succeeded in completely destroying Iraq's nuclear weapons
development program—is sufficient to justify a pre-emptive U.S.
invasion of Iraq. He has further cited Iraq's failure to
fully cooperate with U.N. weapons inspectors as a justification
for invasion. Never in the history of warfare has war been
justified because a country is not cooperating sufficiently with
globalist anti-American U.N. weapons inspectors. If
failure to cooperate with the anti-American United Nations and
yield to its declared will were a cause for condemnation, then I
would look forward to the U.S. becoming the pariah of the world.
The Bush Doctrine of pre-emptive
strikes is in flagrant violation of the laws of God and man
concerning war. Nowhere is that more the case than in
regards to Iraq. In his third point, Mr. Farrell states
that war is just if fought in response to "an attack against
one's nation or ally". Yet, here we have a case of a
country which has never attacked us. Similarly, Iraq has
not attacked its neighbors for more than a dozen years.
During the 1980s, it fought an eight-year war against the
"mother of all terrorists" Iran with substantial diplomatic,
economic, logistic and not inconsequential military support from
the Reagan-Bush Administration. Yet now, the Bush
Administration disingenuously cites Iraq's war with Iran and the
body count of Iranian Army soldiers killed in action in this
U.S.-supported war in an attempt to justify its planned
unjustifiable invasion of Iraq.
Despite its justifiable attempts
to defend itself against unjustified U.S./U.K. bombing strikes
in support of the enforcement of globalist anti-American U.N.
dictates over the past ten years, Iraq has thankfully NEVER
succeeded in shooting down even ONE of our fighter-bombers.
It has not demonstrated that it has either the capability or
even the intention of attacking the United States. To the
contrary, its leaders, including Deputy Prime Minister Tariq
Aziz, himself a Christian, have taken great pains to say that
Iraq would not attack the U.S. even if the U.S. committed
further aggression against it by undertaking an all-out ground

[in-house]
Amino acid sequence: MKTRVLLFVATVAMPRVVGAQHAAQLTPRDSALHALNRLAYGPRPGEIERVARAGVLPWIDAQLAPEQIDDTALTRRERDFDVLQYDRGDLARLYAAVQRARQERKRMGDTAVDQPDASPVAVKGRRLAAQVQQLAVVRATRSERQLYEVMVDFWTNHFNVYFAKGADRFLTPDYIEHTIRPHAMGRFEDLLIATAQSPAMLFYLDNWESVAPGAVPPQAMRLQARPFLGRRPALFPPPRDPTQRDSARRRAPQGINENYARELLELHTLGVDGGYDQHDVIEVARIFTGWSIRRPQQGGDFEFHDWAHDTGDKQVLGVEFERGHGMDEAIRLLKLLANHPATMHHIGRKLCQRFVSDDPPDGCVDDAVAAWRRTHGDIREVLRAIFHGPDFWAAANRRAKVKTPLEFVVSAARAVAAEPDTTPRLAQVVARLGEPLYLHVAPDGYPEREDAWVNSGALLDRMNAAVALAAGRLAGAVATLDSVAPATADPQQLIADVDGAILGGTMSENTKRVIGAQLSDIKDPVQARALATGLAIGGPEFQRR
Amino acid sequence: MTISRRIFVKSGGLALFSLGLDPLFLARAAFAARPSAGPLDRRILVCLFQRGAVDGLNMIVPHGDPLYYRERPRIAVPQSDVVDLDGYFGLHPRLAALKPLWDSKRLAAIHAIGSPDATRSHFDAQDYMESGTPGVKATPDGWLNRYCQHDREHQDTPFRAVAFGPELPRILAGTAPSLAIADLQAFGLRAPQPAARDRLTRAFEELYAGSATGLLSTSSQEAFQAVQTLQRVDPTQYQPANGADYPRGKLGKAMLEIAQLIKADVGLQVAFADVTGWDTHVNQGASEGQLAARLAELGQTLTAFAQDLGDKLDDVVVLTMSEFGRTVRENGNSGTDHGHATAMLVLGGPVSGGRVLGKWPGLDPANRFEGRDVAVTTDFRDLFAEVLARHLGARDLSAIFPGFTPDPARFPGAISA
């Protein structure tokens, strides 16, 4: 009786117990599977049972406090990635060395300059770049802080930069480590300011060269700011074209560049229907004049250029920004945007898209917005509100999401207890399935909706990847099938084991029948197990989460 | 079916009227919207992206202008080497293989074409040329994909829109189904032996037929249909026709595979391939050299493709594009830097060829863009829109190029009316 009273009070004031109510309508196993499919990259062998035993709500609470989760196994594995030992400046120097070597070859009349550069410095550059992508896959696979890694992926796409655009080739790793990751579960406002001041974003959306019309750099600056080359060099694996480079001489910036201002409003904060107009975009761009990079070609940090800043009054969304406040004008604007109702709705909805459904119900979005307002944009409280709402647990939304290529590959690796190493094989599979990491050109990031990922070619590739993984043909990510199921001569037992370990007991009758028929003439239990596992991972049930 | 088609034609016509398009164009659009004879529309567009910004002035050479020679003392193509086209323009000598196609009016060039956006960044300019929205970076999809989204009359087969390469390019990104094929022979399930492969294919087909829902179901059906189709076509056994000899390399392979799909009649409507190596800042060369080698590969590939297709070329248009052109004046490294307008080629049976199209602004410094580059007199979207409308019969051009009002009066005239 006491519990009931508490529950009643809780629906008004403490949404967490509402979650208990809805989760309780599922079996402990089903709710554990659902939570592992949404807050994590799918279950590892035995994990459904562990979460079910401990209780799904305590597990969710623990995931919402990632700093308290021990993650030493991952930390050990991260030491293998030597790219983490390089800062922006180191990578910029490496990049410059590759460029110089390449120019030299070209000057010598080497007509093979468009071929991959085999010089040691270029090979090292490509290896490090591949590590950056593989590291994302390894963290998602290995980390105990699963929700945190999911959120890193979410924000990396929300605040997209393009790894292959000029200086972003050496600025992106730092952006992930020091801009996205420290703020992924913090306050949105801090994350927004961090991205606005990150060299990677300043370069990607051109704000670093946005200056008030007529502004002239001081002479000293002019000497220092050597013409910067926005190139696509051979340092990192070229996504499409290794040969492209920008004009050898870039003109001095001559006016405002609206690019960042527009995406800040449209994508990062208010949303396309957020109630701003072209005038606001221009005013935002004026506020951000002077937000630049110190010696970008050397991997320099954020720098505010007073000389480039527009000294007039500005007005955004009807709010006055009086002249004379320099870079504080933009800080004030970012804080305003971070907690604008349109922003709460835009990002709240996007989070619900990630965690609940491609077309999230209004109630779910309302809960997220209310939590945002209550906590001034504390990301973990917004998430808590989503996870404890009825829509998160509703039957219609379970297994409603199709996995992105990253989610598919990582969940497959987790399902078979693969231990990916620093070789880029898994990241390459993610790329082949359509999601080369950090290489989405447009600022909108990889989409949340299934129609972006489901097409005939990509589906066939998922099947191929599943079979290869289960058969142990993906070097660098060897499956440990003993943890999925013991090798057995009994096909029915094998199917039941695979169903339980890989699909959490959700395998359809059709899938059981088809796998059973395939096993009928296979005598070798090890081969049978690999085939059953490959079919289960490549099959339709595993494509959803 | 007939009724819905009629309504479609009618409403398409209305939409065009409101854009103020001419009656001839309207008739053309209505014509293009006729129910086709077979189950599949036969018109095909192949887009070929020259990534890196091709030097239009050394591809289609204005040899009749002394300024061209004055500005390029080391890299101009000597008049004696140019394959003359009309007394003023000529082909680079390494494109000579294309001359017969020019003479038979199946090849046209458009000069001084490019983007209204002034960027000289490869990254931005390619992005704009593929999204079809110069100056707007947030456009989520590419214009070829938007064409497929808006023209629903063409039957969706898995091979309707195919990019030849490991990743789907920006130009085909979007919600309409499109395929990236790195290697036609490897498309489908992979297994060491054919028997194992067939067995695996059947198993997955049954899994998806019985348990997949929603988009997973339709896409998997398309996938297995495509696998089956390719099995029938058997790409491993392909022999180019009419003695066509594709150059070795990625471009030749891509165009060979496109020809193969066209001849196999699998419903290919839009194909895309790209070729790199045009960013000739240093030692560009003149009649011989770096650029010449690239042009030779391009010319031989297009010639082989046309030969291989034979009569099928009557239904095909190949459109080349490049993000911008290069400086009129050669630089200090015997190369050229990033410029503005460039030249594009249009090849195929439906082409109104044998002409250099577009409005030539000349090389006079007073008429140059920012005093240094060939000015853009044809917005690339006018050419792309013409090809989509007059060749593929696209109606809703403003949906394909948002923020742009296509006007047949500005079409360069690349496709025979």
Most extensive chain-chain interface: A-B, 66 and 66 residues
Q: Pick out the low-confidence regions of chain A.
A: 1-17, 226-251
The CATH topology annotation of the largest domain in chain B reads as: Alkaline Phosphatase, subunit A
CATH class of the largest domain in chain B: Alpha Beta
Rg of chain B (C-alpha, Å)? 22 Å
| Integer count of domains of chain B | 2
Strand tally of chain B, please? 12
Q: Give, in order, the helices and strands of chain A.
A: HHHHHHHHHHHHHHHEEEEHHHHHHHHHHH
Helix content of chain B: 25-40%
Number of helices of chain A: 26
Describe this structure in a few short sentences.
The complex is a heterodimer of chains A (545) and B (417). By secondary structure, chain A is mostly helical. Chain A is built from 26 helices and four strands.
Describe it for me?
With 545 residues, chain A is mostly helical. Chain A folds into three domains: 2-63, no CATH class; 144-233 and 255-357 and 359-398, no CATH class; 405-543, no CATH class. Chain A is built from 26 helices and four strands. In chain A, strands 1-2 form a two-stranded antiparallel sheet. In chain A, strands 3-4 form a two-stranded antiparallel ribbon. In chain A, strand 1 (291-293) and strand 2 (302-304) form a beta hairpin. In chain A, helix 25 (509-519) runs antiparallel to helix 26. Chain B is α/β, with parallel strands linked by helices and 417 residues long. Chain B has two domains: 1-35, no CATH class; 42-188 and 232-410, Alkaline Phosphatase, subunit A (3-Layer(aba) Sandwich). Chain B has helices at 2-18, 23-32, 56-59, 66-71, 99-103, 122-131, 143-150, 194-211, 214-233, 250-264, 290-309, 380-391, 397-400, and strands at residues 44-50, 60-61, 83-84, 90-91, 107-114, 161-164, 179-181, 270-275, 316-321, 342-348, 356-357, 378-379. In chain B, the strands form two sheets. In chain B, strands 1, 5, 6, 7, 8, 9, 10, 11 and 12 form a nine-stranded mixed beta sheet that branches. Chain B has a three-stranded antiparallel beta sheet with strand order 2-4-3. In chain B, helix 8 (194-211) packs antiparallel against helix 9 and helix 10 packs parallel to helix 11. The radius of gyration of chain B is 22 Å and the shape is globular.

invasion of that hapless country. They know to attack the
U.S. even in response to U.S. aggression would be both pointless
and self-defeating in view of the overwhelming military
superiority which the U.S. enjoys over Iraq. In other
words, Iraq is firmly contained and completely deterred from
attacking the U.S.
Accordingly, the Bush
Administration's attempts to present Iraq as a threat to the
U.S. are lacking in credibility, as are its attempts to link
Iraq to terrorist attacks against the U.S., which even the
Director of the CIA said are essentially unsubstantiated.
Curiously, the Administration is inviting the exact type of
threat by its planned illegal and unjustified invasion of Iraq
that it claims to be attempting to pre-empt—namely, the likely
use by Iraq of its CBR arsenal against U.S. soldiers as a last
ditch measure to defend their homeland against a U.S. invasion.
The President is wrong to jeopardize the lives of thousands of
American serviceman in his unnecessary and unjustified crusade
in what appears to be a personal vendetta to get Saddam and
avenge his alleged assassination attempt against his father.
Even assassinating Saddam would be
preferable, because although it is also in violation of LDS
Church teachings, it is much less objectionable than an all-out
war, which would result in the deaths of tens of thousands of
innocents. Mr. Farrell argues passionately against exile
for Saddam. In point of fact, exile would be by far the
most preferable option and one that this author has been
advocating even before Donald Rumsfeld first broached it back in
August. Exile would save tens of thousands of Iraqi and
U.S. lives and avert the need for war against Iraq entirely,
thus providing the U.S. with a bloodless victory.
Saddam is an evil dictator to be
sure, but he is only one of the sixty-odd evil dictators the
world over today. There is little reason to single him out
for punishment from among the dictatorial rabble. So many
countries are more meritorious of being the targets of U.S.
military action than Iraq—North Korea, Communist China and Iran
just to name a few. It is high time that the President
abandon his attempts to empower the United Nations by launching
an unprovoked war against Iraq and instead begin placing
America's national security interests first for a change.
That would mean not enforcing the whim and dictates of the
anti-American globalist United Nations, which, as Mr. Farrell
rightly points out, has never met a Communist or terrorist it
doesn't like, but rather entirely repudiating it and affecting
an immediate withdrawal of the U.S. from the United Nations.
For another view of the 'Just War' argument, see this previous
commentary by America's Voices commentator Vic Cole.
A Response To "Discerning the Difference Between Just & Unjust